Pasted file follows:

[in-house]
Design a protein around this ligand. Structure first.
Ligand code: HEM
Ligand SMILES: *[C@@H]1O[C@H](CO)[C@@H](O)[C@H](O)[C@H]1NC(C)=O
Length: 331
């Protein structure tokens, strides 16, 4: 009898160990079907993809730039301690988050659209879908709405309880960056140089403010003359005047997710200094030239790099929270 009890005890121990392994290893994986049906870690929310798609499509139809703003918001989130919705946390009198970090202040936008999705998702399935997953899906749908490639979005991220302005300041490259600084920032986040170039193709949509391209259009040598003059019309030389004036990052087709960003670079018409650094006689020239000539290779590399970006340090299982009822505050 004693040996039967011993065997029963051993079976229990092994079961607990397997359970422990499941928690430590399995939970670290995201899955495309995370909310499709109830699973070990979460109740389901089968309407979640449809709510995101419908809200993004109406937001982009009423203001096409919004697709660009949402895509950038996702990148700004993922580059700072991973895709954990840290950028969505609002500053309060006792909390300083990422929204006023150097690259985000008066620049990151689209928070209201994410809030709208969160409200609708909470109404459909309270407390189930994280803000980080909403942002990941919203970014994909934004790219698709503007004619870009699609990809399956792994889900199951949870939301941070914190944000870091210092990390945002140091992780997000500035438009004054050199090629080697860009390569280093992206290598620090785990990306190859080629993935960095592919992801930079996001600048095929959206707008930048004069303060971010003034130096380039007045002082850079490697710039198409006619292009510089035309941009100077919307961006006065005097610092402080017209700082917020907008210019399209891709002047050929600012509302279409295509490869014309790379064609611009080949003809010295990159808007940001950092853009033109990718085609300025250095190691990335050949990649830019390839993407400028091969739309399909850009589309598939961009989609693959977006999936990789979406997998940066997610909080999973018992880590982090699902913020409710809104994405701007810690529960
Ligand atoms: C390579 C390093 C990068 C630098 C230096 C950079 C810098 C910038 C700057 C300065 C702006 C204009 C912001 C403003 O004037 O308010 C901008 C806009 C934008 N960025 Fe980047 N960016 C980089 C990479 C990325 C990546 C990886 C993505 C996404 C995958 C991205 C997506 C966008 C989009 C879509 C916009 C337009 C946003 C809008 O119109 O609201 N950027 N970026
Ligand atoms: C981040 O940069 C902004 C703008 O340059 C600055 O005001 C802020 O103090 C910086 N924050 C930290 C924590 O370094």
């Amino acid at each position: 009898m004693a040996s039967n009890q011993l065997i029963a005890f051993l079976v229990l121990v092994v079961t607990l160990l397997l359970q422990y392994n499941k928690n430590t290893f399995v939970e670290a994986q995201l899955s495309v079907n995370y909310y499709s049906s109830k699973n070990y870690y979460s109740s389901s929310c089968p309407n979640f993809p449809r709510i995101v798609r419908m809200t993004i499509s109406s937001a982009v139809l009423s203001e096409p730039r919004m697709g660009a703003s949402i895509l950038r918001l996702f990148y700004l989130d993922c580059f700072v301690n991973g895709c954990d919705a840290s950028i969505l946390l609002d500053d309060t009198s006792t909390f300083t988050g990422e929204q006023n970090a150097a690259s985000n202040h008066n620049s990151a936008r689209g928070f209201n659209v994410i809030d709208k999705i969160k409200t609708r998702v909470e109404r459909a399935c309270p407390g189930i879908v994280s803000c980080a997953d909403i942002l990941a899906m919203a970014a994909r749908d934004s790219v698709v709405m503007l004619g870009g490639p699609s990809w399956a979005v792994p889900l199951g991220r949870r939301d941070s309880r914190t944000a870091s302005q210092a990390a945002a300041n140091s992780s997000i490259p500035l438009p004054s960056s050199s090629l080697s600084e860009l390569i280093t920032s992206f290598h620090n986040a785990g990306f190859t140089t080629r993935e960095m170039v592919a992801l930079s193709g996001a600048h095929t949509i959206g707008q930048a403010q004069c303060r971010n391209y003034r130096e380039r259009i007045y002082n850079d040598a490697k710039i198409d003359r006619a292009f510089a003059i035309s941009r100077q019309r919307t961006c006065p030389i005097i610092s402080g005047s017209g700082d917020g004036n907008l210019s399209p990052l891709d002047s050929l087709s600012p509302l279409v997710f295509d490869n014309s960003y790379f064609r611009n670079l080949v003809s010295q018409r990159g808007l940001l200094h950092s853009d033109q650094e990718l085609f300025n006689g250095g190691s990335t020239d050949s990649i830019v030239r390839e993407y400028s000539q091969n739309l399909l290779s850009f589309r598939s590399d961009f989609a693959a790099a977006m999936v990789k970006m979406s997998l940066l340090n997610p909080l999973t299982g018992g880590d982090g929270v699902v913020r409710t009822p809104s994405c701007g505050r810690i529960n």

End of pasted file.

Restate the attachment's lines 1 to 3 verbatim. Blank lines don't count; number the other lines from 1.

[in-house]
Design a protein around this ligand. Structure first.
Ligand code: HEM